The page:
USU Extension Family and Consumer Science Educator Teresa Hunsaker rates the various options.
Before we can answer the question of “What to use?”, let’s take a look at a bit of general information about household odors. Our homes have all kinds of porous surfaces—wood, fabrics, carpets, drywall, etc. We also have lots of places that odors grow and formulate—drains, disposals, garbage pails, air ducts, just about anywhere that is warm and moist, etc. All said and done, the possibilities are endless for either holding odors, or forming odors.
As the winter starts to break and we move into Spring, this is a perfect time of year to freshen up the house. Our homes have been closed up all winter to keep the cold air out, so we may be ready to tackle a few key projects to help us with this.
FIRST THINGS FIRST
The first thing I need to do is to be “real” about the smells in my home. Identifying the source of an odor and remedying the problem is the only way to keep your home smelling good. First, figure out where the odor is coming from. Is the offensive smell from rotting food? Pet soil? Musty basement? Food splatters inside the microwave? Dirty socks stuffed under the couch? You get the idea.
Get serious about running some bleach through all the drains, vacuum rooms thoroughly—under beds, behind doors, in closets, wash and rinse all garbage pails, clean up and organize closets—let the fresh air into a stuffy closet once the weather breaks, clean the hood filter on your stove, give your refrigerator a good cleaning, wash or clean all bedspreads and pillows, dust thoroughly—including silk plants and trees, wash or clean chair pads and kitchen curtains.
PRODUCTS TO HELP
• Lysol Disinfectant Spray
• Baking Soda
• Activated Charcoal
• Clay Based Wet Clumping Kitty Litter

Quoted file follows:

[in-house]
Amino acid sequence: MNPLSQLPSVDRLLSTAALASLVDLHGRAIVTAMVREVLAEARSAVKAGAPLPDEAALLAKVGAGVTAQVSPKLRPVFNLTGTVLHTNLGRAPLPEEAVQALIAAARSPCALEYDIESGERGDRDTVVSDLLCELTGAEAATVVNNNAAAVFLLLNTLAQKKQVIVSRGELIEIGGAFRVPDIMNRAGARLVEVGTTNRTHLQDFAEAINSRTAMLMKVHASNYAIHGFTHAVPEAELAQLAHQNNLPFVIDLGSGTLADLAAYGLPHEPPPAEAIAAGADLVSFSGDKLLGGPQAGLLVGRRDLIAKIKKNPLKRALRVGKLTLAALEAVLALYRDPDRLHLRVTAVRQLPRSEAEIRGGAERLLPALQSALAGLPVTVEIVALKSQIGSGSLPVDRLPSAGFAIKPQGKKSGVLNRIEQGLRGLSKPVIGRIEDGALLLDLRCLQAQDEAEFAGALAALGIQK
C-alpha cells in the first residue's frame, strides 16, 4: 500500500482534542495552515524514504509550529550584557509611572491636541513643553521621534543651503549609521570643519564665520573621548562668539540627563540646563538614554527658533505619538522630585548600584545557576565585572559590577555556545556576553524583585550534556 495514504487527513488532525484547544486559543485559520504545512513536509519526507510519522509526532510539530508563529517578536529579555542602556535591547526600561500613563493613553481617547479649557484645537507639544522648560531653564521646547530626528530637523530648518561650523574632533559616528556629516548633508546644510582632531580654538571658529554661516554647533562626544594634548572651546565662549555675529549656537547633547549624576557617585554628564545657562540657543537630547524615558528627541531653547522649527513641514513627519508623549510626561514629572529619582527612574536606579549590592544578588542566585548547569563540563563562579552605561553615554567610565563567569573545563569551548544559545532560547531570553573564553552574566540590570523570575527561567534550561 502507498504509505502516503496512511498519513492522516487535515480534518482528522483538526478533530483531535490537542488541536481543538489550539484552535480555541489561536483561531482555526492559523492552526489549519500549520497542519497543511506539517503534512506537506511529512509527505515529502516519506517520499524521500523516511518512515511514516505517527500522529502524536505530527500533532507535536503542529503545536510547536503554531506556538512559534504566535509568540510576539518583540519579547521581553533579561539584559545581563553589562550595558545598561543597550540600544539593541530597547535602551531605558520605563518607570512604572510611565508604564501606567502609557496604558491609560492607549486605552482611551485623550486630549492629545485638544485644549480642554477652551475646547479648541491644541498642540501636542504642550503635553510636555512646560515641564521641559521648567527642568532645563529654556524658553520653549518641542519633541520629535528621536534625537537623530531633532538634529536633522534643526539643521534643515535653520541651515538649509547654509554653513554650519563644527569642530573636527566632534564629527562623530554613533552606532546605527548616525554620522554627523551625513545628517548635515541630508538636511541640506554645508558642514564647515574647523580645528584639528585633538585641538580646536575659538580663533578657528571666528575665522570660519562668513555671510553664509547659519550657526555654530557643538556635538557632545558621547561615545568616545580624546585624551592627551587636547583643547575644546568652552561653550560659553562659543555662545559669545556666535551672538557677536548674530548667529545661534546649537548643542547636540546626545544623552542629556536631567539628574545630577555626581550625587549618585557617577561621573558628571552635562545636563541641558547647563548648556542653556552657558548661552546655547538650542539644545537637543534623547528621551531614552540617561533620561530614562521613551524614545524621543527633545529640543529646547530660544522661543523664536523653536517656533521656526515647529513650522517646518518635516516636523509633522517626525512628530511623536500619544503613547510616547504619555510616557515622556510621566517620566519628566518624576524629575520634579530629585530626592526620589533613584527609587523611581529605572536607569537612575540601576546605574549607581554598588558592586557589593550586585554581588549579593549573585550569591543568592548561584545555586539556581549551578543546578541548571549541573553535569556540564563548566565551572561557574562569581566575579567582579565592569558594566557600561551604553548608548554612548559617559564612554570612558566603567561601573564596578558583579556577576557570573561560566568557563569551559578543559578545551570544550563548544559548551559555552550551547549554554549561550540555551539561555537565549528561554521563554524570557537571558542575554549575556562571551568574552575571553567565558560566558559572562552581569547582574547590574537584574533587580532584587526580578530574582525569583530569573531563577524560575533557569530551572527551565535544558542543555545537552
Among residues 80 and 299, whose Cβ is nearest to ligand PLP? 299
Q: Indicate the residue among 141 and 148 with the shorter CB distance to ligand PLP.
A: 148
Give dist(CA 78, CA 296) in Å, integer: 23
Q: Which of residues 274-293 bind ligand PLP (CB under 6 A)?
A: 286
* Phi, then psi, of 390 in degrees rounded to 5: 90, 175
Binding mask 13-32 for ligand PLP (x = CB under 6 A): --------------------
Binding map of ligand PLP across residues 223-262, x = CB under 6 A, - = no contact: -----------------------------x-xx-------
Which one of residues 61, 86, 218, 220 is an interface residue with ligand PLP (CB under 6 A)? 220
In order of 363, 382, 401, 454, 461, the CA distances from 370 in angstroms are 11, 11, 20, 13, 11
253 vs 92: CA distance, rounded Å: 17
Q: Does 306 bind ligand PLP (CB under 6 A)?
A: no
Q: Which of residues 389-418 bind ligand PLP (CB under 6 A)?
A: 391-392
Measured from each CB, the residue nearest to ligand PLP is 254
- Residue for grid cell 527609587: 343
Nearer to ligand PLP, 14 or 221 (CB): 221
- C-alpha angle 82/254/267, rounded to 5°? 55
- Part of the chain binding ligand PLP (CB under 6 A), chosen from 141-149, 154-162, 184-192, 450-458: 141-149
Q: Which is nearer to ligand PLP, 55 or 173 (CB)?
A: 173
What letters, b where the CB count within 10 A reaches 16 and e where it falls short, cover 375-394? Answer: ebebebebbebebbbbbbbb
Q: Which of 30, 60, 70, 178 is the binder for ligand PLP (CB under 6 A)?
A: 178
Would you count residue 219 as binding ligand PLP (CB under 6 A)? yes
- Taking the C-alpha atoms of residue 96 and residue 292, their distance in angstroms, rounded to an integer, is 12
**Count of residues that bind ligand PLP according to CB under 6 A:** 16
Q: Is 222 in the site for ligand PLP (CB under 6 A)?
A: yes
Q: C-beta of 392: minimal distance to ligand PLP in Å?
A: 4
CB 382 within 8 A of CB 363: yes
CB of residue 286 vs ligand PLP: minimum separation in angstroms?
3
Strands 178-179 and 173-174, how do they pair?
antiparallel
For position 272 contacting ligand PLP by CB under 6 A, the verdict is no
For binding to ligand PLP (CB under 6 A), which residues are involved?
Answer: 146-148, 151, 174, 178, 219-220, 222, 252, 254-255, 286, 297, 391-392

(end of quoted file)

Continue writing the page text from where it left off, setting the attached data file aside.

• Glade Air Sticks (or other similar product)—pretty effective, some designed with “no spills” advantage—they are like a deodorant stick. Limited fragrances. Cost effective—especially with coupons or on sale. Last a fair amount of time.
• Room Sprays—heavier particles that leave a nice odor, but settle or build up on walls if sprayed randomly. Scent only lasts for a while. Good for quick and immediate fragrance needs. Not my favorite, but inexpensive and quick.
• Scented Candles—effective for longer term fragrance, but have their disadvantages: spills, fire, smoke residue build up on ceilings, curtains, walls, and even lead if it is a lead based wick.
• Scentsy—flameless, therefore safer, spills still a problem, but very effective in dissipating fragrance through the home. Wide variety of fragrances.
• Diffusers and Essential Oils—spills can destroy fabric as it is very tough to get out, eats through many finishes on wood surfaces, but are very effective in diffusing fragrance around the home. Cost effective—especially watching sales.
• Potpourri—a little more costly, because the intent is to also be decorative. They too can destroy wood finishes, they get dusty, don’t last as long—and not as effective for filling the whole house with fragrance. Do look nice in a tray or glass decanter, etc. Because dyes are often used in the commercial ones they can discolor some containers, baskets, or surfaces.
• Simmering Potpourri—effective at filling the home with fragrance, but need to be watched and tended—they dry out quickly and can burn onto the surface of the container. Easy to make homemade.
Note: There are many people who have fragrance sensitivities that will not be able to tolerate any (or only some) of these home fragrance enhancers. Many of them can also cause skin irritation when in concentrated contact with the skin—thinking of kids getting into and playing with them.
You can contact Teresa at the USU Extension Office.